TV shows and movies cross paths all the time. Once, it was rare to see a television show make the jump to the big screen, but now it happens so regularly there’s no need to comment on the phenomenon.
Life Itself, however, is a little different. The film, which focuses on three families united by an unlikely event, is written and directed by Dan Fogelman. That’s the same guy who created the hit TV series This Is Us. And while the film Life Itself is not a movie version of This Is Us, they’re almost siblings. The two projects are closely connected in ways that have nothing to do with the story.
Here’s how Life Itself captures the essence of This Is Us.
The TV Show…
For the uninitiated, This Is Us weaves an emotionally-charged story across generations. The primary focus is three siblings: twins Kevin and Kate and the adopted Randall. Their parents, Jack and Rebecca Pearson, are also key players.
While the film is set in the family’s modern day, stories are told with regular flashbacks to fill in the backstory of the family and their relationships. One important aspect of the story is that Jack Pearson is dead, having been killed in an accident when the children were teenagers. As adults, the family kids have their own relationships. All involved are still, in different ways, processing the loss of their father.
…And The Movie
The film Life Itself seems to be made from the same template. There are multiple families, seen in more than one generation, whose stories overlap in ways that are not immediately obvious.
The film begins with Oscar Isaac’s character, Will, seeing a therapist played by Annette Bening. Will is devastated after the end of his relationship with Olivia Wilde’s character Abby, who was the great love of his life. We won’t give you too many details of Will and Abby’s relationship, but fans of This Is Us will see common elements almost immediately.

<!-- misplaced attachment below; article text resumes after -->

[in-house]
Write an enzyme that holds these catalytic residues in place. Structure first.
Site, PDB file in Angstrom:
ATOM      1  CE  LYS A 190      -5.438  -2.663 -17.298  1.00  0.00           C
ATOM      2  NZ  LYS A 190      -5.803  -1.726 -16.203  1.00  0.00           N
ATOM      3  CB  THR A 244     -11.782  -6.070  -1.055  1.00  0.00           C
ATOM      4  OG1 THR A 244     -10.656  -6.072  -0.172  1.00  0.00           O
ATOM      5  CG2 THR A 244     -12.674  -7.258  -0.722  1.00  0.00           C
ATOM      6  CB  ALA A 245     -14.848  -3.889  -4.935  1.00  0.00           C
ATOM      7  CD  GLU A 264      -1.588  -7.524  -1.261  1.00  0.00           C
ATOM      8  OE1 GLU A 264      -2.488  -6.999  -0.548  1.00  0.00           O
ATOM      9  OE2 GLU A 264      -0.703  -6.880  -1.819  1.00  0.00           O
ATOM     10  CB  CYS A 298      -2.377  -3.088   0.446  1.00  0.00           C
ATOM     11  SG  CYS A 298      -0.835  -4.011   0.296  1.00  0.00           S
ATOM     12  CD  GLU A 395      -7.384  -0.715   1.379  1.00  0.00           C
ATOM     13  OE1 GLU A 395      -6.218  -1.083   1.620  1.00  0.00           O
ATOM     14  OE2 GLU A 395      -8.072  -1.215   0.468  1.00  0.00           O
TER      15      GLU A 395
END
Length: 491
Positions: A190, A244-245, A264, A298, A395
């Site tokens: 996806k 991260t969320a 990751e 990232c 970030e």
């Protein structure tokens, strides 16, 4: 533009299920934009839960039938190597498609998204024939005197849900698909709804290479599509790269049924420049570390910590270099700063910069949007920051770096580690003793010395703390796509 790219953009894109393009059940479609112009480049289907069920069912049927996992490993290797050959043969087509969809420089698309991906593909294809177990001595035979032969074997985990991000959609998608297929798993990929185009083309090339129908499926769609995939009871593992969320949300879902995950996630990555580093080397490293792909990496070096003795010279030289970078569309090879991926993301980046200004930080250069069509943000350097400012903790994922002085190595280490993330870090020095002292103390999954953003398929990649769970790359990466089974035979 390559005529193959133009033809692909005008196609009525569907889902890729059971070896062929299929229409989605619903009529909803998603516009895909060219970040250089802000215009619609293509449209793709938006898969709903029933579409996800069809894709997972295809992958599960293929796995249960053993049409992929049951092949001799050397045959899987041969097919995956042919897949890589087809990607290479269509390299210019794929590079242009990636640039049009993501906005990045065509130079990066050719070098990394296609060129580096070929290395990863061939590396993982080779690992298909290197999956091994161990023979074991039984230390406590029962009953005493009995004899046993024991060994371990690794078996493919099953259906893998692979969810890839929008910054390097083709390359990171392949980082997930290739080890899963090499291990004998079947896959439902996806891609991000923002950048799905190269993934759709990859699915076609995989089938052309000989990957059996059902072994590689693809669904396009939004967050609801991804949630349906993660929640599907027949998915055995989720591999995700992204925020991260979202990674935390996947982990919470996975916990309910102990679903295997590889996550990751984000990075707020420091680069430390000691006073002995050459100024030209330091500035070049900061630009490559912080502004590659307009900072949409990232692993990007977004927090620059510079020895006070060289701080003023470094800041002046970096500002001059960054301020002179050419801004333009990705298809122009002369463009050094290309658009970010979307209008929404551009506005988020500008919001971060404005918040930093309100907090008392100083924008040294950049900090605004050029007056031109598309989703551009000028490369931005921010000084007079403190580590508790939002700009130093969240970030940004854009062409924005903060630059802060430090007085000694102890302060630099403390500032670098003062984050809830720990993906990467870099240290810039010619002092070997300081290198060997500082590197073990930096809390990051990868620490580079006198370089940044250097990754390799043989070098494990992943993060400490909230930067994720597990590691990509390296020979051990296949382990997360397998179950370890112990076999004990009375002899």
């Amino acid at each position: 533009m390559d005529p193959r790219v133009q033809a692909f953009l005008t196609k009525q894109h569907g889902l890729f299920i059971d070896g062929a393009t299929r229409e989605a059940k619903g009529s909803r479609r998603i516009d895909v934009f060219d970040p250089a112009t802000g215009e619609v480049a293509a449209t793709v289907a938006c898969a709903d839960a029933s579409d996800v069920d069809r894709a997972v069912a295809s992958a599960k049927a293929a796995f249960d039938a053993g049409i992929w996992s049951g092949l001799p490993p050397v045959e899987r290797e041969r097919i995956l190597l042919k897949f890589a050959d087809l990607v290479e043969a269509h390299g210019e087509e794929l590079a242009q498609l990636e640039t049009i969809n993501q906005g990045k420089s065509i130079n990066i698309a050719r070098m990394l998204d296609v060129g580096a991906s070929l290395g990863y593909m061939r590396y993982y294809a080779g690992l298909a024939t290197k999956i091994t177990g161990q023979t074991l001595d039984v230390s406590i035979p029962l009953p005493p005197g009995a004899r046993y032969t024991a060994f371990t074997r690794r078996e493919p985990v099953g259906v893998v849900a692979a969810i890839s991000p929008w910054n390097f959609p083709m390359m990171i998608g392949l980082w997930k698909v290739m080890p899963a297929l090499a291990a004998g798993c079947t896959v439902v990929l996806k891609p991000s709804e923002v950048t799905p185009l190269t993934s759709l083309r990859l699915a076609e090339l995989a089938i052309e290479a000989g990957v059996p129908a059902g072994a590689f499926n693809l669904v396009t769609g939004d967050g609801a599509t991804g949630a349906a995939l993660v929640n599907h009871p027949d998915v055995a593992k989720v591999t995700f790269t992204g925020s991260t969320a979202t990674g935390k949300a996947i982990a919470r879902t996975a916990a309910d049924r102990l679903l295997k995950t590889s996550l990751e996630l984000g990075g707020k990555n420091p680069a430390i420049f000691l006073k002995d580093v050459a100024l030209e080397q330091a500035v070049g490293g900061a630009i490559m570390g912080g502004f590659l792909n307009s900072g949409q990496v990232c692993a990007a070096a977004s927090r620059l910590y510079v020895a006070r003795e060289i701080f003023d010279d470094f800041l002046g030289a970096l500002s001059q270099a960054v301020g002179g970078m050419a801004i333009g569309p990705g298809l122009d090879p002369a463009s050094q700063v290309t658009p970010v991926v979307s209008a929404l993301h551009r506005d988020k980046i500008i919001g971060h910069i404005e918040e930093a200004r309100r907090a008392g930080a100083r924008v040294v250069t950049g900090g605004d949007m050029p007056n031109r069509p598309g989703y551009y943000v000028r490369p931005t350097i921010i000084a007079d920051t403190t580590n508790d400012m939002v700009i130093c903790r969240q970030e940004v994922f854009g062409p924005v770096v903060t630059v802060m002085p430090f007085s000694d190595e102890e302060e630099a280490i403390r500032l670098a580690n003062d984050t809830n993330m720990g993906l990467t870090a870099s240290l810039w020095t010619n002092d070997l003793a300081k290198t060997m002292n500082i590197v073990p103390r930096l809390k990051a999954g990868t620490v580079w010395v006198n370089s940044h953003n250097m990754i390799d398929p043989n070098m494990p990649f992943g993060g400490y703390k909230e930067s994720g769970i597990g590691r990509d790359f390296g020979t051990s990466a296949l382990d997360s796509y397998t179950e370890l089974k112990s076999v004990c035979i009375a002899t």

(The main difference is that, without the standards and practices department of a TV network looking over his shoulder, Fogelman writes some pretty mean, and very funny dialogue.)
Life Itself also illustrates the story of Irwin (Mandy Patinkin) and his granddaughter Dylan (Olivia Cooke) as she gets old enough to go out on her own. Dylan has some stuff to work out, which she spews out into the world in part through her punk rock band. She’s a serious “take no prisoners” vocalist; don’t cross her when she’s on stage.
And then there’s Javier, played by the impressive Sergio Peris-Mencheta. Javier falls in love with Isabel (Laia Costa) while working for an even-handed and slightly lonely man played by Antonio Banderas. Javier and Isabel’s family is perhaps the film’s most touching relationship and helps tie the entire movie together.
The Lives We Weave
As in This Is Us, the film is really about the lives we build for ourselves, and the ways in which our decisions and loves affect other people around us. There are surprises in the movie, but it’s the sort of story you’ll go back to after the initial effect of the surprise is gone, because it has such a rich emotional base.
Just as on the show, the individual stories in Life Itself are effective on their own, but the real power is cumulative. As we see how one story affects others, the emotional power is magnified.
It’s easy to see our lives as isolated bubbles that don’t touch any other, but Dan Fogelman’s show has earned a huge viewership because it so effectively proves that isn’t the case. This Is Us also shows us the beauty in being open to those connections – and soon Life Itself will explore that idea in the span of a single movie.
Life Itself opens on September 21.